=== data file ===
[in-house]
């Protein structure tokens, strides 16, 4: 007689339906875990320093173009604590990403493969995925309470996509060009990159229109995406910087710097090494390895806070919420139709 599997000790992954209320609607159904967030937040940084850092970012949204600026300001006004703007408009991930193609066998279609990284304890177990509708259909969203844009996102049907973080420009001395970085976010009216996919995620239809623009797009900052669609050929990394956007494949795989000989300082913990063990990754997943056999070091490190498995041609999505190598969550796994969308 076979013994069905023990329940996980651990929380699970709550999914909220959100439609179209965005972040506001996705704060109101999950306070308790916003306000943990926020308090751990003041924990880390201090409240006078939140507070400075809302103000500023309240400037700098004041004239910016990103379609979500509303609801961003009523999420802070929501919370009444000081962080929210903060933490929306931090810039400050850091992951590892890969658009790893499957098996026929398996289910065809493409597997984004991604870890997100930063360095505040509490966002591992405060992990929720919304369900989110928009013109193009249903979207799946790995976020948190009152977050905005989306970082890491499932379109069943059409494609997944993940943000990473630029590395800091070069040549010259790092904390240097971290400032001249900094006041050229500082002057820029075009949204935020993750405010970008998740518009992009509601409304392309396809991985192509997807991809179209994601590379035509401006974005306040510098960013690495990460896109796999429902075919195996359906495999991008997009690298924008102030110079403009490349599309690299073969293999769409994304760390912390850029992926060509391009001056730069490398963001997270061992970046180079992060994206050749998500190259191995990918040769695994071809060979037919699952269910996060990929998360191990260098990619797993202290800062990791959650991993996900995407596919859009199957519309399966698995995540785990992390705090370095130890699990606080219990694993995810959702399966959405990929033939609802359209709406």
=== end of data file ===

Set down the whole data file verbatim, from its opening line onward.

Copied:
[in-house]
């Protein structure tokens, strides 16, 4: 007689339906875990320093173009604590990403493969995925309470996509060009990159229109995406910087710097090494390895806070919420139709 599997000790992954209320609607159904967030937040940084850092970012949204600026300001006004703007408009991930193609066998279609990284304890177990509708259909969203844009996102049907973080420009001395970085976010009216996919995620239809623009797009900052669609050929990394956007494949795989000989300082913990063990990754997943056999070091490190498995041609999505190598969550796994969308 076979013994069905023990329940996980651990929380699970709550999914909220959100439609179209965005972040506001996705704060109101999950306070308790916003306000943990926020308090751990003041924990880390201090409240006078939140507070400075809302103000500023309240400037700098004041004239910016990103379609979500509303609801961003009523999420802070929501919370009444000081962080929210903060933490929306931090810039400050850091992951590892890969658009790893499957098996026929398996289910065809493409597997984004991604870890997100930063360095505040509490966002591992405060992990929720919304369900989110928009013109193009249903979207799946790995976020948190009152977050905005989306970082890491499932379109069943059409494609997944993940943000990473630029590395800091070069040549010259790092904390240097971290400032001249900094006041050229500082002057820029075009949204935020993750405010970008998740518009992009509601409304392309396809991985192509997807991809179209994601590379035509401006974005306040510098960013690495990460896109796999429902075919195996359906495999991008997009690298924008102030110079403009490349599309690299073969293999769409994304760390912390850029992926060509391009001056730069490398963001997270061992970046180079992060994206050749998500190259191995990918040769695994071809060979037919699952269910996060990929998360191990260098990619797993202290800062990791959650991993996900995407596919859009199957519309399966698995995540785990992390705090370095130890699990606080219990694993995810959702399966959405990929033939609802359209709406």